Some companies have reluctantly corralled themselves into operating an approach to safety and health that emphasizes a reactive strategy. When management losses focus on its true core values and emphasizes a reactive approach to safety and health, it sends two distinct negative messages to employees, (1) we don't care about you, and (2) it's all about the polished bottom line, not your safety. Therefore, the company in general places most of its energy and resources into reacting to accidents after they occur. Such a reactive approach assumes that accidents merely happen, and that there's really nothing that can be done about it.
Subsequently, these reactive safety programs tend to incur costs that are much greater than proactive programs because they aren't implemented until an injury or illness has occurred.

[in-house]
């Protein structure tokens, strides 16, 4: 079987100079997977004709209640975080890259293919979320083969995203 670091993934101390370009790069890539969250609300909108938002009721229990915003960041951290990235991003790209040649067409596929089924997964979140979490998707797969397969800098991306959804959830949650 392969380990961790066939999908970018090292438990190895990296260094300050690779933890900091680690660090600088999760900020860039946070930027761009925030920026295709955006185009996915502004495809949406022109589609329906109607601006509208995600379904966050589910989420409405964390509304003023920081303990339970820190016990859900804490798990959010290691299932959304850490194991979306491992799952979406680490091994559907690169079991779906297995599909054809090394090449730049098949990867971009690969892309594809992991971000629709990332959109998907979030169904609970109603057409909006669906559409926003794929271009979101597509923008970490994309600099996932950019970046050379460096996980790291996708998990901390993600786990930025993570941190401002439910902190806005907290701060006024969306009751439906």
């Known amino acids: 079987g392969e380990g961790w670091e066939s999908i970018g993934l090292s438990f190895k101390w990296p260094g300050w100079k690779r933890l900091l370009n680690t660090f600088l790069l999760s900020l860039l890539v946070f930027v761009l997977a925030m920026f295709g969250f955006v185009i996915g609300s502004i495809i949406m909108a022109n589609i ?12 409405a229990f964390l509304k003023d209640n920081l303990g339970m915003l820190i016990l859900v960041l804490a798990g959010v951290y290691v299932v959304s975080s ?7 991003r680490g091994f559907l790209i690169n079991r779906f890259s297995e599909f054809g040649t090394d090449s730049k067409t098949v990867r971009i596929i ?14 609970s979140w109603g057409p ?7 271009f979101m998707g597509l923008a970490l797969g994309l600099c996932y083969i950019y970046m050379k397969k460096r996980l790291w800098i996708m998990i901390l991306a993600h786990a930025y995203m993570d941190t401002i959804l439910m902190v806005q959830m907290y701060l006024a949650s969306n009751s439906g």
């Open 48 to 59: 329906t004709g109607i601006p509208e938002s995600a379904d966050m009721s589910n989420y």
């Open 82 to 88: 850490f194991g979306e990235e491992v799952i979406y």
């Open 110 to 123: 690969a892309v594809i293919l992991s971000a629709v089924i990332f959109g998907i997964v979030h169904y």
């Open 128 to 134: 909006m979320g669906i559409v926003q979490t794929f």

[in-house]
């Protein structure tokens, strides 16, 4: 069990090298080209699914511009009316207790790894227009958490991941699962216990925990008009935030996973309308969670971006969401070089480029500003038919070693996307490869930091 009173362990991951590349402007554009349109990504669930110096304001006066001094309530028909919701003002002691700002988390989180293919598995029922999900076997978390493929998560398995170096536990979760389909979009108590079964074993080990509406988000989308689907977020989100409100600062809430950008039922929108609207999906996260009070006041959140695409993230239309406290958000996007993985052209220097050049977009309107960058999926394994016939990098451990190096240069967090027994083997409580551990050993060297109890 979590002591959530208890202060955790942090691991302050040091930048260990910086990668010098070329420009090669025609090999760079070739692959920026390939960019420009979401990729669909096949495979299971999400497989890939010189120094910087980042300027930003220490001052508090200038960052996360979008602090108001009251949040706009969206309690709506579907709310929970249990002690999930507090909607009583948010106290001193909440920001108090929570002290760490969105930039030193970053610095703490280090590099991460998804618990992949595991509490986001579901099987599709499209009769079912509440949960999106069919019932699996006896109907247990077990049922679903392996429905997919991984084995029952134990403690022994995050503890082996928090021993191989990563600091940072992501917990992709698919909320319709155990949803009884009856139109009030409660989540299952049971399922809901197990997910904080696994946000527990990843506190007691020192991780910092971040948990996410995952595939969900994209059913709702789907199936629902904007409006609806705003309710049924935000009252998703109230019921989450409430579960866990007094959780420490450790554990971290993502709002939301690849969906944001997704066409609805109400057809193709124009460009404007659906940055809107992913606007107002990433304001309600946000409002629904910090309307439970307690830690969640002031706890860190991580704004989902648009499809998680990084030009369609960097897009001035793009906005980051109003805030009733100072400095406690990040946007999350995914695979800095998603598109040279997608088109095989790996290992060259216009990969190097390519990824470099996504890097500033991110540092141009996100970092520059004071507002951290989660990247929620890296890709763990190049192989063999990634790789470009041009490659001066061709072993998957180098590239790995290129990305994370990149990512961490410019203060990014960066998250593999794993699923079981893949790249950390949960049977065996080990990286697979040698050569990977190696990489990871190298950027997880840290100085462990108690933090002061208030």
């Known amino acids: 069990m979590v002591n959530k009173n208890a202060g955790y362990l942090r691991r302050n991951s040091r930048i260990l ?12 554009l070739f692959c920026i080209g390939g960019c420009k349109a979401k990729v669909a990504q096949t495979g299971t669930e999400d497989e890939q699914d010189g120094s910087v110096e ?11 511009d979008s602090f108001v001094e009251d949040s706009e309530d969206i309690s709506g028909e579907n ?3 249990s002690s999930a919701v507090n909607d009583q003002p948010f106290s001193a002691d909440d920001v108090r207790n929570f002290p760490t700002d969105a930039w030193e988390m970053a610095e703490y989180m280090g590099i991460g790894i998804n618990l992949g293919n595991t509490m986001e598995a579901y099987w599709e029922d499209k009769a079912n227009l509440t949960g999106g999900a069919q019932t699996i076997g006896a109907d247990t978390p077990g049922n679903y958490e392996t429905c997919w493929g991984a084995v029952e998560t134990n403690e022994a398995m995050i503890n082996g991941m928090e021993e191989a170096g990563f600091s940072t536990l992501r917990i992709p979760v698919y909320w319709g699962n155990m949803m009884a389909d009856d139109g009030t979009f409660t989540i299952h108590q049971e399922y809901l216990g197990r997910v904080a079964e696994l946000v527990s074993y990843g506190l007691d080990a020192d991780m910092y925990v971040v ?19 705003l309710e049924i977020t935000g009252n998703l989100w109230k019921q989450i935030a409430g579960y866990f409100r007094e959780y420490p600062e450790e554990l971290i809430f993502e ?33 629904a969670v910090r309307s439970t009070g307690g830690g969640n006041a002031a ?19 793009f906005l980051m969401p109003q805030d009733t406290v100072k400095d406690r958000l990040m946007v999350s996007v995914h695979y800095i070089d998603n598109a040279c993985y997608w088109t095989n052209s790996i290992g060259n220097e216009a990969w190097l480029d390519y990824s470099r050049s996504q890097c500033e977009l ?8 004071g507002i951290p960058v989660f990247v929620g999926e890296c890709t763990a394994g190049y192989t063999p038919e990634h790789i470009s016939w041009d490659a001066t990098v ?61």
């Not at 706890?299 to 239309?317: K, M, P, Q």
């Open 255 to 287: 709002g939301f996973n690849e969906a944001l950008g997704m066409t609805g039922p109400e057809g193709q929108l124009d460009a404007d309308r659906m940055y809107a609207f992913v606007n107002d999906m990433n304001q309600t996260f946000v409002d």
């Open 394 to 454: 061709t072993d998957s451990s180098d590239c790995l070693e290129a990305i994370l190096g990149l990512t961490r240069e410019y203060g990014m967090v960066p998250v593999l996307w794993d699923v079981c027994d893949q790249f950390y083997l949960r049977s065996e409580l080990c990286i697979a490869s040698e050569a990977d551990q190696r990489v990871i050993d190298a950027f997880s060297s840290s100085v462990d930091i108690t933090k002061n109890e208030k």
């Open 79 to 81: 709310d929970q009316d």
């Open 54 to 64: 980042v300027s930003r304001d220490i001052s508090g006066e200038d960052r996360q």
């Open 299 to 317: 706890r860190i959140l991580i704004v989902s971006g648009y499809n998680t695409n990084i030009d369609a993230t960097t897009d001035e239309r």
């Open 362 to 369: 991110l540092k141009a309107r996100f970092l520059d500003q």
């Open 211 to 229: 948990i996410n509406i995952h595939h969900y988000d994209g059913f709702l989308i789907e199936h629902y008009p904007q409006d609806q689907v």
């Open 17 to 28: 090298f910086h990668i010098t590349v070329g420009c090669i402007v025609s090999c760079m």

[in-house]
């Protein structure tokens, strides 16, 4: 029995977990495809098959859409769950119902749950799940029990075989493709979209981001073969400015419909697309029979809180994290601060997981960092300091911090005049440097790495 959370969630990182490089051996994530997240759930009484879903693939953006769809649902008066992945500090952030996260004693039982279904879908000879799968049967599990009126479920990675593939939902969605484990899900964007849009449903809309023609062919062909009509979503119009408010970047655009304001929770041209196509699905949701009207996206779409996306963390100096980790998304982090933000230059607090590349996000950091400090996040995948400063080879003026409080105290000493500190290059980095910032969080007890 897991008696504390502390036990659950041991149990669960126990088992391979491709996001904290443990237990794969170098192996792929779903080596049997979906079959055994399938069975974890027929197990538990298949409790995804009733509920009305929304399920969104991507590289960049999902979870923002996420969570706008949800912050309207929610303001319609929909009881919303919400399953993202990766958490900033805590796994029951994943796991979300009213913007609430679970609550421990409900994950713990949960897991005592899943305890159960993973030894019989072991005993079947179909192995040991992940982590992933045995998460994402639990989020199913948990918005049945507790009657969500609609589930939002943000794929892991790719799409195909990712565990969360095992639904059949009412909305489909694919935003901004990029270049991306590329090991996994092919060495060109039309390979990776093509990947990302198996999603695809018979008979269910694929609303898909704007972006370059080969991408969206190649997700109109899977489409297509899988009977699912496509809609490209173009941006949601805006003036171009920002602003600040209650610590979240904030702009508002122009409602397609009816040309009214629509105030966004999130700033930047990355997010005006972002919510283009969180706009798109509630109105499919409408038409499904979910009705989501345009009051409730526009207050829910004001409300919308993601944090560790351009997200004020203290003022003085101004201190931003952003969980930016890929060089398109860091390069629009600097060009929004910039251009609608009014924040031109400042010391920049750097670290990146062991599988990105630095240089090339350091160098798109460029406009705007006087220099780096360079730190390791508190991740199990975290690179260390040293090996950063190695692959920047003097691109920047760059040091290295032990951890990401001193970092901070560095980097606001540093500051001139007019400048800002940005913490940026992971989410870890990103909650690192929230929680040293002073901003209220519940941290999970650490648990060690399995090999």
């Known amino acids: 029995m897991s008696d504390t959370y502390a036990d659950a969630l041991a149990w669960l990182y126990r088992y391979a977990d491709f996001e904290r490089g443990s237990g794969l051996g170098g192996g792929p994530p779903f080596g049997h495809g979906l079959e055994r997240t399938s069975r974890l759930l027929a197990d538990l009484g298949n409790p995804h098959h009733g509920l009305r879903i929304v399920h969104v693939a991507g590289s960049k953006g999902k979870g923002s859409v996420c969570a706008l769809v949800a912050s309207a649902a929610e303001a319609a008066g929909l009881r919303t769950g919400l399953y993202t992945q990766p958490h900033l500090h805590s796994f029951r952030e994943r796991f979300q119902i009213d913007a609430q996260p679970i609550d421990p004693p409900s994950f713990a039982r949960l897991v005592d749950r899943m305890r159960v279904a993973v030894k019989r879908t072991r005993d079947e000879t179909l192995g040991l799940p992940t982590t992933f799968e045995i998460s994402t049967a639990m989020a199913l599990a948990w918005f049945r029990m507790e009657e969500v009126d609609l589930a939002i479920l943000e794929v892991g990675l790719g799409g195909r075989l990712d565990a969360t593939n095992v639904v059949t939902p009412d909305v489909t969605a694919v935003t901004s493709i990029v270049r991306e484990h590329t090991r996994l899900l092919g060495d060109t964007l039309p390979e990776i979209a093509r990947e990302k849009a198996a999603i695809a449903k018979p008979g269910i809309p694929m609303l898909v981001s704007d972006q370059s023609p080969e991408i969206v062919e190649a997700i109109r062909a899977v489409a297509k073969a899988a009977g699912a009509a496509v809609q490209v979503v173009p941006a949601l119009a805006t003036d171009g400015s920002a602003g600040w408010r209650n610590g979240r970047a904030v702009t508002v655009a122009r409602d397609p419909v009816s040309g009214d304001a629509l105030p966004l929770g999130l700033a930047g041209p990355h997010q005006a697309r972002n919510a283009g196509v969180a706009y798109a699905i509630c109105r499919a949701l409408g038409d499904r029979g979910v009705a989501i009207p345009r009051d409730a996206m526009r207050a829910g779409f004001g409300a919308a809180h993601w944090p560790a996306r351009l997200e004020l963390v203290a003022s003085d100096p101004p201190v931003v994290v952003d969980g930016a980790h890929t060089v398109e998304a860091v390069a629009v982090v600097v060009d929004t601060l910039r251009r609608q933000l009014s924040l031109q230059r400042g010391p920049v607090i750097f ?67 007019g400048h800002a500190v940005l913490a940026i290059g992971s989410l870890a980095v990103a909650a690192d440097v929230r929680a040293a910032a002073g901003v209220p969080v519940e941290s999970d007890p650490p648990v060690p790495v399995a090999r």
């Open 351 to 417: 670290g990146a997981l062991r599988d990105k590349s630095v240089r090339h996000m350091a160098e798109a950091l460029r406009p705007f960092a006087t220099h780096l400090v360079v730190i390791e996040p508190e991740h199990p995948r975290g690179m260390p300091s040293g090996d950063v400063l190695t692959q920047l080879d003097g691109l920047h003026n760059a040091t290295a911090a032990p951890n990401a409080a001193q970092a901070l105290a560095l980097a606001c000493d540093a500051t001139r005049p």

A proactive approach emphasizes prevention: doing whatever is necessary to ensure accidents never happen on your project site. A proactive response to safety in the workplace occurs before an accident occurs. It is designed to anticipate and prevent accidents. Proactive strategies are much more of a cost benefit than reactive strategies because the company makes investments that result in potentially huge returns. By implementing a well structured safety program emphasizing a proactive approach to accident prevention, management can truly send a credible message of caring to all employees.